It is no secret that connectivity is becoming an increasingly important part of the superyacht experience. Indeed, connectivity is becoming an increasingly important part of most experiences today. One needs only to consider the number of devices that the average person uses, be it a mobile phone, tablet, laptop, virtual assistant or other, to appreciate the extent to which we are connected. Whether someone is at home or work, on holiday or on board a superyacht, connectivity is assumed. SuperyachtNews speaks with Mark Rasmussen, senior vice president of global sales and distribution at Intelsat, about the future of connectivity on board superyachts.

“Connectivity in the superyacht sector is already changing very fast,” starts Rasmussen. “The demand for connectivity and throughput on superyachts is increasing dramatically every year and it is one that our FlexMaritime network is perfectly positioned to serve. However, we feel as though we are just getting started and what we will be able to deliver to this segment in the years ahead will be astounding.”

FlexMaritime provides a high-speed, flexible service that delivers consistent and reliable performance to the superyacht market. It was announced in 2019 that Intelsat’s FlexMaritime service will power KVH’s Elite system, an unlimited VSAT streaming service for HD quality video to superyachts. The new service is now available in Florida and the Caribbean and is due to be rolled out in the Mediterranean this year.

“The need for connectivity is being driven by the number of devices that everyone is carrying and how they use them. Almost all people carry at least one device, with many carrying two or three. Streaming video has chiefly been the cause for the large increases in bandwidth requirement. Crew welfare is also an important factor. Crew want to remain connected to their friends and family and, therefore, come with their own data demands. In addition, various applications and systems for the operation of the vessel itself require increasingly large data packages. When combined, all of these things have led to the increase in demand and value of connectivity, and there is no doubt that this trend will continue in the future.”

Traditionally, one of the major concerns about connectivity and throughput has been the belief that increasing capacity requires dramatic increases in cost and, for the most part, these concerns have been perfectly valid. Indeed, it is not uncommon for superyachts to pay over £100,000 a year on connectivity.

“The next generation of satellites will see even greater increases in uptake ability with flexible satellites that can dynamically allocate capacity and throughput to different coverage regions,” continues Rasmussen. “Therefore, as the traffic moves or shifts then the capacity of the satellite can be dynamically allocated to where the vessels actually are, rather than having a satellite up there focussed on a coverage area with no vessels. Those days will be gone and we will be able to move capacity around the earth depending on demand.”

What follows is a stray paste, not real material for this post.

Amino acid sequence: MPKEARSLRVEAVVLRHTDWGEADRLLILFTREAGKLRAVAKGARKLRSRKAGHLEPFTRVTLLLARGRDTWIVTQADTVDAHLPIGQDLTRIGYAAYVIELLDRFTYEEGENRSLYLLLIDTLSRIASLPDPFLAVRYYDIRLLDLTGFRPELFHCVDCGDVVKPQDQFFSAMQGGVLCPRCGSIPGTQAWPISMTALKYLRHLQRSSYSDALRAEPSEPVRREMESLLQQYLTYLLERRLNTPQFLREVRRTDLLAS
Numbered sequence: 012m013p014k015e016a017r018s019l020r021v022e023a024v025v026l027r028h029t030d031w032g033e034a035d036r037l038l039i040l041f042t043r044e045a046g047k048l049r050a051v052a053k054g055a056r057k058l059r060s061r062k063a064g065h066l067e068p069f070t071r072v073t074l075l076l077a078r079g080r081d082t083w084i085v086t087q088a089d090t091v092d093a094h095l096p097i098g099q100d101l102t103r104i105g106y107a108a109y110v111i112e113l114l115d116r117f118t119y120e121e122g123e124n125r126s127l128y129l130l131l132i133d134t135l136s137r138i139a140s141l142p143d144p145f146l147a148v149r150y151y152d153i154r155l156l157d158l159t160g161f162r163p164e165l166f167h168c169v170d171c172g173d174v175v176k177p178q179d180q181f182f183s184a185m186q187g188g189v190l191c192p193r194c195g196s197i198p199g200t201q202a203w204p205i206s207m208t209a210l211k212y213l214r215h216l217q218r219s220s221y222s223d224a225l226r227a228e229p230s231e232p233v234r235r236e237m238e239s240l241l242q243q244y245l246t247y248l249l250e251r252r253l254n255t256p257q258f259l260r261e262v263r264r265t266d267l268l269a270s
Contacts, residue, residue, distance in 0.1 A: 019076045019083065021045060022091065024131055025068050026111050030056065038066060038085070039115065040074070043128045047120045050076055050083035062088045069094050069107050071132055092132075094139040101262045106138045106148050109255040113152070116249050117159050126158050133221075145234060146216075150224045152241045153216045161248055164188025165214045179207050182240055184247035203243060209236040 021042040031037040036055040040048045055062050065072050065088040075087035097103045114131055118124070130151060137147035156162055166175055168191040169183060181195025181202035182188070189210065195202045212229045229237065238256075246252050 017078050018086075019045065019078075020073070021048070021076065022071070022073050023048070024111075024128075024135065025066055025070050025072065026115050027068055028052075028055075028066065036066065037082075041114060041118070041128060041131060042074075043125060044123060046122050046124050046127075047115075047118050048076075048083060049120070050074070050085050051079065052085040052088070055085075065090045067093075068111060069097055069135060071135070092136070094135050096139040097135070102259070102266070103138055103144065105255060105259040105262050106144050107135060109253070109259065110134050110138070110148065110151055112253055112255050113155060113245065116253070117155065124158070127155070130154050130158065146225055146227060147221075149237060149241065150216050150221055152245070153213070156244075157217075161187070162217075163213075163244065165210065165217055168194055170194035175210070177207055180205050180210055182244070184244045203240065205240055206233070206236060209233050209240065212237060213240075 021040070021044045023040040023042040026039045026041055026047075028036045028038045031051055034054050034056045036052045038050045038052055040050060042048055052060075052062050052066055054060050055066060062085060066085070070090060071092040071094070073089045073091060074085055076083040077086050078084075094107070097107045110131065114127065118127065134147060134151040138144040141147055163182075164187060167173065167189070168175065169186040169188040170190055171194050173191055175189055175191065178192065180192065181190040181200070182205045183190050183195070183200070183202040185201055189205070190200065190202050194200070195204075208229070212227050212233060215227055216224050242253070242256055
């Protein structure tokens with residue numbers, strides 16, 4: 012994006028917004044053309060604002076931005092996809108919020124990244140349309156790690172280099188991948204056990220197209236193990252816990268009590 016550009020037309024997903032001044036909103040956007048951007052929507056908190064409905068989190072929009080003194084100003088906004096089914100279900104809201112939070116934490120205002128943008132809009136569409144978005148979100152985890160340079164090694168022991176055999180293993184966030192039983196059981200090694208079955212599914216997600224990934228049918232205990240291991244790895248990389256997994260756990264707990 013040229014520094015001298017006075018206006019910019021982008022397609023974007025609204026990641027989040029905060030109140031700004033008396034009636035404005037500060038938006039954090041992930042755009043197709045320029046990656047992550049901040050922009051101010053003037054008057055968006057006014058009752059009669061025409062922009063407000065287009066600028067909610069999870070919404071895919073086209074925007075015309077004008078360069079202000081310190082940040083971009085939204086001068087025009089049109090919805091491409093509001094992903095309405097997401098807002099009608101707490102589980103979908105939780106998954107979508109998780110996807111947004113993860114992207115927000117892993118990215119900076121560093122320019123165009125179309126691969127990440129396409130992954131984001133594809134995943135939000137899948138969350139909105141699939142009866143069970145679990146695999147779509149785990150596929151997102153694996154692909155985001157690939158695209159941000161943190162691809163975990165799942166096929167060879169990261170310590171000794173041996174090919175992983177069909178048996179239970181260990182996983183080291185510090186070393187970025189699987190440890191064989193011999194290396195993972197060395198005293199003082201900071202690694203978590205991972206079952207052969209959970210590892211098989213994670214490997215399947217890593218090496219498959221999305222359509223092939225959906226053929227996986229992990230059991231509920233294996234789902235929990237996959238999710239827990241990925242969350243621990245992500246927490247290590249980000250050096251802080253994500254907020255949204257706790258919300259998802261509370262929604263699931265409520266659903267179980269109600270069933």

Mark Rasmussen, senior vice president of global sales and distribution at Intelsat

Through the new satellites that are able to dynamically reposition capacity, Rasmussen believes that they will be able to begin reducing the relative cost of throughput by making the allocation of resources far more efficient.

“In fact, if you track the cost of throughput at sea over the last five to 10 years you will see that is has dramatically come down in price when measured against VSAT output for services like FlexMaritime,” says Rasmussen. “This trend is due to continue. The one thing that kills cost efficiency more than anything else for a satellite network is unutilised capacity. Capacity on a satellite equals power and when the power from the satellite isn’t being used you have economic inefficiencies. If you can direct the power and capacity to where it is needed, and it is no longer sitting there idle, you now garner even greater efficiencies on a full economic basis and that helps bring down the cost of throughput to mobility users like yachting. This is really the driver for what we are trying to achieve in space and on the ground with the next generation of our Epic satellites.”

Booming demand for connectivity, especially in light of the rise in popularity of streaming services, has given the satellite and communications business the impetus to adapt rapidly in order to meet demand. Indeed, according to Rasmussen, it is a brilliant problem to have. “We have a large and growing demand for what we do and we have our best minds on creating every more efficient and cost-effective connectivity services. The more we can do that, the more the market will grow,” concludes Rasmussen.

In 2019, Inmarsat, the mobile satellite company, launched the Inmarsat Superyacht Connectivity Report 2019. The report, compiled by The Superyacht Agency, examines the use of satcomms on board superyacht and reveals the future requirements of the superyacht market for global connectivity solutions. Click here to download the report.

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